It’s never in doubt that the books that are shortlisted for and that ultimately win the Man Booker Prize are exceptional works of fiction. Recent winners include Richard Flanagan
, Hilary Mantel
, Anne Enright
, Yann Martel
, Margaret Atwood
and Kazuo Ishiguro
. Often, though, it can be hard to predict which shortlisted novel will win, largely because the titles don’t receive widespread recognition in Australia.
We decided to put an end to this. In a bid to form a well-read opinion about who the potential Man Booker Prize winner could be for 2015, Kate Procko, our colleague and resident word warrior, took it upon herself to read all of the shortlisted titles prior to the announcement of the winner. Read on to find out which books Kate loved, Kate didn’t love as much, and of course which book Kate thinks will win the coveted prize in 2015.
A Brief History of Seven Killings
by Marlon James
This is a brilliant, technically dazzling novel from Jamaican Marlon James. It takes as its starting point the real life attempted assassination of Bob Marley in Kingston December 1976 but then weaves a fictional story told from multiple view points of the events leading up to and the aftermath of an assassination attempt on someone who is only ever referred to as ‘the singer’. Every chapter is told from a different person’s view and James gives every single person a unique style and personality. The patois of Jamaica is used frequently through the novel but, unlike in other books I’ve read that are written in a particular way of speaking that I am unfamiliar with, it never comes across as jarring. Whilst many of the characters are unsympathetic ones and the book is quite violent, I found this compulsive reading and devoured it in a single afternoon.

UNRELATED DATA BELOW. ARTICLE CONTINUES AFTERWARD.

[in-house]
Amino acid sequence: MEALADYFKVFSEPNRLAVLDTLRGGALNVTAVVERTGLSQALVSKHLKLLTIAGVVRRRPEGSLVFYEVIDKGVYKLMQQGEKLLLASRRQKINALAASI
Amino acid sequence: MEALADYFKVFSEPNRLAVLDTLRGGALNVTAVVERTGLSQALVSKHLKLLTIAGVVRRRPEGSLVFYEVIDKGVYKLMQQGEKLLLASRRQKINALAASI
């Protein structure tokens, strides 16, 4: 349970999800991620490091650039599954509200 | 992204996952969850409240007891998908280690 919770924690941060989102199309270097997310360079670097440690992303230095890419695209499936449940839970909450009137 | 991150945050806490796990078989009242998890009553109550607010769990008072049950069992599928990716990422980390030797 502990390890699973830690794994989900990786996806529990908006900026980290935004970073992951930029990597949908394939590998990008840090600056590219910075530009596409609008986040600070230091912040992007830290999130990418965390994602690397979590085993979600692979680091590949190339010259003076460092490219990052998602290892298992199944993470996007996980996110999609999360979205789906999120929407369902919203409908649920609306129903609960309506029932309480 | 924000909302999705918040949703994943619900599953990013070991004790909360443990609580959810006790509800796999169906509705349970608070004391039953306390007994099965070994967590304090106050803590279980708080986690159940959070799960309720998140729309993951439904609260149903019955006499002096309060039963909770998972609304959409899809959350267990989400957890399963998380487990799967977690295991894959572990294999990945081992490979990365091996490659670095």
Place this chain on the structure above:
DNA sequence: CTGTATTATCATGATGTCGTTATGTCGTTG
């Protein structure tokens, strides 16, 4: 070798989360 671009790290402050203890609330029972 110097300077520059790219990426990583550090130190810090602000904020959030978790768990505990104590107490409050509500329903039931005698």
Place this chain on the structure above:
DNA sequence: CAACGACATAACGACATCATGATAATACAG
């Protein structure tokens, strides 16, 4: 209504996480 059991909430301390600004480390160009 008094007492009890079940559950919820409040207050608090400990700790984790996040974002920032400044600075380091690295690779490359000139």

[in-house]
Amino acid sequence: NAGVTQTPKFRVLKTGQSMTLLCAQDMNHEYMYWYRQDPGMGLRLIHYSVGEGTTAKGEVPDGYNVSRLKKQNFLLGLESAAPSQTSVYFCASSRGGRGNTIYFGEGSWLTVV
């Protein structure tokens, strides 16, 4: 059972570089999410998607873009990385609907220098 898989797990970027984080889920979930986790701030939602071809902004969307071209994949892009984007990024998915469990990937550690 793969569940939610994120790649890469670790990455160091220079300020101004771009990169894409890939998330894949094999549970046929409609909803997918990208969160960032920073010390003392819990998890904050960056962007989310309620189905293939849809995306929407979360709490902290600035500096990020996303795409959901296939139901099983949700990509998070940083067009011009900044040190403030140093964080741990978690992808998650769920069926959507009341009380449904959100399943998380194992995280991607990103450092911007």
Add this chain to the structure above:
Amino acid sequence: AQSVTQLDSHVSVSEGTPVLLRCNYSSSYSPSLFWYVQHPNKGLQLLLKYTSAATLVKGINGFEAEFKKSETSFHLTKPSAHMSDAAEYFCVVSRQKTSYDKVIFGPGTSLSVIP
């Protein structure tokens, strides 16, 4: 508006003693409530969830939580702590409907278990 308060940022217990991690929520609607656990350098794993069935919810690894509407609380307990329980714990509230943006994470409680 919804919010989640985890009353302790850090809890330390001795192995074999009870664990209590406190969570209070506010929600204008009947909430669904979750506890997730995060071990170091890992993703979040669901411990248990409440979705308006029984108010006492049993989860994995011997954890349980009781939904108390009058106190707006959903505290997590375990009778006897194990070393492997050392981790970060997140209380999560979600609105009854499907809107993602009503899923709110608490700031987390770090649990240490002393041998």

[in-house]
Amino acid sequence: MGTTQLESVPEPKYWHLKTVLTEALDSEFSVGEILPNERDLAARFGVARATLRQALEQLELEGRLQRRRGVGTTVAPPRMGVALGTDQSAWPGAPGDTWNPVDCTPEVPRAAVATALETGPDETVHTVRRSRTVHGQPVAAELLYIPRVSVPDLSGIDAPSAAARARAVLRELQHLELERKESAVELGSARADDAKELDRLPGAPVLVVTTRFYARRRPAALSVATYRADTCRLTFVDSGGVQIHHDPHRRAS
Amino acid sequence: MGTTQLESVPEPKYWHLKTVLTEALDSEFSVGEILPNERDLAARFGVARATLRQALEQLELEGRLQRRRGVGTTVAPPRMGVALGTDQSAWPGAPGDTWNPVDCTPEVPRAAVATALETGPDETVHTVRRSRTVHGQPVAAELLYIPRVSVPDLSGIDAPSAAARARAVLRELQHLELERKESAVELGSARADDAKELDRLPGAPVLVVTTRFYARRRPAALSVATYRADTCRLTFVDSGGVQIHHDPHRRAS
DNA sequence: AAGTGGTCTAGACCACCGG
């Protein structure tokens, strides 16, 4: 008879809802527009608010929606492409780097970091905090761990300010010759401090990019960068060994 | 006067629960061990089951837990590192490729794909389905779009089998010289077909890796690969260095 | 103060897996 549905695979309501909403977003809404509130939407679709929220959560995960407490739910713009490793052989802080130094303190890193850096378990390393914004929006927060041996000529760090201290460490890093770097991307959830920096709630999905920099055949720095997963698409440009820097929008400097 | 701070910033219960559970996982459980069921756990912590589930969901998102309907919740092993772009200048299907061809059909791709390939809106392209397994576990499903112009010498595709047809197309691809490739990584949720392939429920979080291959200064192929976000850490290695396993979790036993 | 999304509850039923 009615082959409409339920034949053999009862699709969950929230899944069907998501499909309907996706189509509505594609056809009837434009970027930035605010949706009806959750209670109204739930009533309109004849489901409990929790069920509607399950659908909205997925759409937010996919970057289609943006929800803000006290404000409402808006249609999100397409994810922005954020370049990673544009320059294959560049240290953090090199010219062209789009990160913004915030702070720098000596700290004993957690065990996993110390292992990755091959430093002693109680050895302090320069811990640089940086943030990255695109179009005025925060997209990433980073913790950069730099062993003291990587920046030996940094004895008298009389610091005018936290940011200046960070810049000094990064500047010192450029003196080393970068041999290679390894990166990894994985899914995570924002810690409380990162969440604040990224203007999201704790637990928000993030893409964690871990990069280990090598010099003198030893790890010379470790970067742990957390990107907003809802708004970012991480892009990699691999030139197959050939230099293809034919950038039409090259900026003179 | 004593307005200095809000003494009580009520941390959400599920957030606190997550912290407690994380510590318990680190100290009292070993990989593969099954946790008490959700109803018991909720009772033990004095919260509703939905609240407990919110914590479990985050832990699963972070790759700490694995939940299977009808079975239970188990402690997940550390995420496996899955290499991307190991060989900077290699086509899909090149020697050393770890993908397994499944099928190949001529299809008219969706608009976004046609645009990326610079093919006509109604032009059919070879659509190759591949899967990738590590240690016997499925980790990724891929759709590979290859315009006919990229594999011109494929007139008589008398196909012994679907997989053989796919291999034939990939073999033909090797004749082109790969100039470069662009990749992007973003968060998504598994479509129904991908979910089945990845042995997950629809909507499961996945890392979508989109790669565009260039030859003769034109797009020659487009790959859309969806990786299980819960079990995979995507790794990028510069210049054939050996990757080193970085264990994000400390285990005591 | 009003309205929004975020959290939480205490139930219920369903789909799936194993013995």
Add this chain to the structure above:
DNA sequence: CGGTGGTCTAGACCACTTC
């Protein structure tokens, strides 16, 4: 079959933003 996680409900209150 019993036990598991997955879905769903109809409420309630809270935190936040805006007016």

by Tom McCarthy
McCarthy in Satin Island
seeks to portray the moment by moment, news bite by news bite, Twitter post by Twitter post reality that most of us find ourselves living in at this moment of the 21st century; this strange sort of disjointedness where what you think, experience and feel from minute to minute changes so completely that there seems to be no connection between your various thoughts. McCarthy achieves this effect paragraph by paragraph as we follow U about his daily life and work as he attempts to write a ‘Great Report’ for his company that is supposed to be ‘the First and Last Word on our age’ but keeps finding himself distracted. The result is a novel that, while the plot is cursory, McCarthy uses to explore ideas about our current reality, and despite me initially taking a while to get used to a (for me) different style of writing that seemed to jump from point to point, this is a strangely captivating book.
by Chigozie Obioma
Obioma’s novel The Fishermen
is the only debut novel on the shortlist, which is a remarkable achievement. Told from the point of view of nine-year-old Benjamin, The Fishermen
is the story of four brothers growing up in Nigeria in the 1990s. When their father has to move away for work, the brothers defy their local village superstitions and go fishing in the forbidden river. There, they encounter a local madman known for his chillingly accurate prophecies, who tells them that the oldest brother Ikenna will be murdered by one of the other three. This book is slow to start, but Obioma’s prose is so haunting and beautiful that readers can’t help but be drawn in by his mythical and mysterious storytelling. Obioma’s deep appreciation of the English language all but overflows from the pages, and while the story is bleak, Obioma’s future certainly is not.
The Year of the Runaways
by Sunjeev Sahota
Sahota in The Year of the Runaways